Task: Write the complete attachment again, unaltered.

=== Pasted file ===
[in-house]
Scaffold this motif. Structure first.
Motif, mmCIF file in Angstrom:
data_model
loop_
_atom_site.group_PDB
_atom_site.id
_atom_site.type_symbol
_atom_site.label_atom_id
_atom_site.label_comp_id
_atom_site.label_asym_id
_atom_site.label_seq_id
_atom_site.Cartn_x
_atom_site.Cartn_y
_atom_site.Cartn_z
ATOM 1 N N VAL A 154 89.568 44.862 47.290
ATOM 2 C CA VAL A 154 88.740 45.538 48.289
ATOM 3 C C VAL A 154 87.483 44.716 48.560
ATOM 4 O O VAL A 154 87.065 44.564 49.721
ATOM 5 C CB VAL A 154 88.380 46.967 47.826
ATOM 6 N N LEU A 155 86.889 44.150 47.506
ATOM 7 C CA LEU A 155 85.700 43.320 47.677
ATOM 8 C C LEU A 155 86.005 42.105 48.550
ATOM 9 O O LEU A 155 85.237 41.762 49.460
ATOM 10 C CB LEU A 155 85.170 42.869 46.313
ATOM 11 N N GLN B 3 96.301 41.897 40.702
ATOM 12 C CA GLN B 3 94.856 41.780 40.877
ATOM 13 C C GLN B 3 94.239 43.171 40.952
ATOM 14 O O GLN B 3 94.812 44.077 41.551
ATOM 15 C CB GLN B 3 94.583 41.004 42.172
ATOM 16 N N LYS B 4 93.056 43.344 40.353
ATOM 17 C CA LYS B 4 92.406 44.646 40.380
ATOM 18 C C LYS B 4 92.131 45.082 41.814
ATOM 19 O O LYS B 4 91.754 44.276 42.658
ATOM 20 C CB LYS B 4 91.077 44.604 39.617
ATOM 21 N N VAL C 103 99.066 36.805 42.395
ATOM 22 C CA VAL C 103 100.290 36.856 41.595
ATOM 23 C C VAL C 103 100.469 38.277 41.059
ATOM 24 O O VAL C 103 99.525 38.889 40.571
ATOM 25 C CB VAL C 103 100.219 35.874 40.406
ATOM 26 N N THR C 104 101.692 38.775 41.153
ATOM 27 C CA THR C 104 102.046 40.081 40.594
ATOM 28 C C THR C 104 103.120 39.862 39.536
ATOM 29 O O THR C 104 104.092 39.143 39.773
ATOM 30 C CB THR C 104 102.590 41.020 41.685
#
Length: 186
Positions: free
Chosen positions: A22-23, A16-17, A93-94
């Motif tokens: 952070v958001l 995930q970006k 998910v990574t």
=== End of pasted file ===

[in-house]
Scaffold this motif. Structure first.
Motif, mmCIF file in Angstrom:
data_model
loop_
_atom_site.group_PDB
_atom_site.id
_atom_site.type_symbol
_atom_site.label_atom_id
_atom_site.label_comp_id
_atom_site.label_asym_id
_atom_site.label_seq_id
_atom_site.Cartn_x
_atom_site.Cartn_y
_atom_site.Cartn_z
ATOM 1 N N VAL A 154 89.568 44.862 47.290
ATOM 2 C CA VAL A 154 88.740 45.538 48.289
ATOM 3 C C VAL A 154 87.483 44.716 48.560
ATOM 4 O O VAL A 154 87.065 44.564 49.721
ATOM 5 C CB VAL A 154 88.380 46.967 47.826
ATOM 6 N N LEU A 155 86.889 44.150 47.506
ATOM 7 C CA LEU A 155 85.700 43.320 47.677
ATOM 8 C C LEU A 155 86.005 42.105 48.550
ATOM 9 O O LEU A 155 85.237 41.762 49.460
ATOM 10 C CB LEU A 155 85.170 42.869 46.313
ATOM 11 N N GLN B 3 96.301 41.897 40.702
ATOM 12 C CA GLN B 3 94.856 41.780 40.877
ATOM 13 C C GLN B 3 94.239 43.171 40.952
ATOM 14 O O GLN B 3 94.812 44.077 41.551
ATOM 15 C CB GLN B 3 94.583 41.004 42.172
ATOM 16 N N LYS B 4 93.056 43.344 40.353
ATOM 17 C CA LYS B 4 92.406 44.646 40.380
ATOM 18 C C LYS B 4 92.131 45.082 41.814
ATOM 19 O O LYS B 4 91.754 44.276 42.658
ATOM 20 C CB LYS B 4 91.077 44.604 39.617
ATOM 21 N N VAL C 103 99.066 36.805 42.395
ATOM 22 C CA VAL C 103 100.290 36.856 41.595
ATOM 23 C C VAL C 103 100.469 38.277 41.059
ATOM 24 O O VAL C 103 99.525 38.889 40.571
ATOM 25 C CB VAL C 103 100.219 35.874 40.406
ATOM 26 N N THR C 104 101.692 38.775 41.153
ATOM 27 C CA THR C 104 102.046 40.081 40.594
ATOM 28 C C THR C 104 103.120 39.862 39.536
ATOM 29 O O THR C 104 104.092 39.143 39.773
ATOM 30 C CB THR C 104 102.590 41.020 41.685
#
Length: 186
Positions: free
Chosen positions: A22-23, A16-17, A93-94
């Motif tokens: 952070v958001l 995930q970006k 998910v990574t």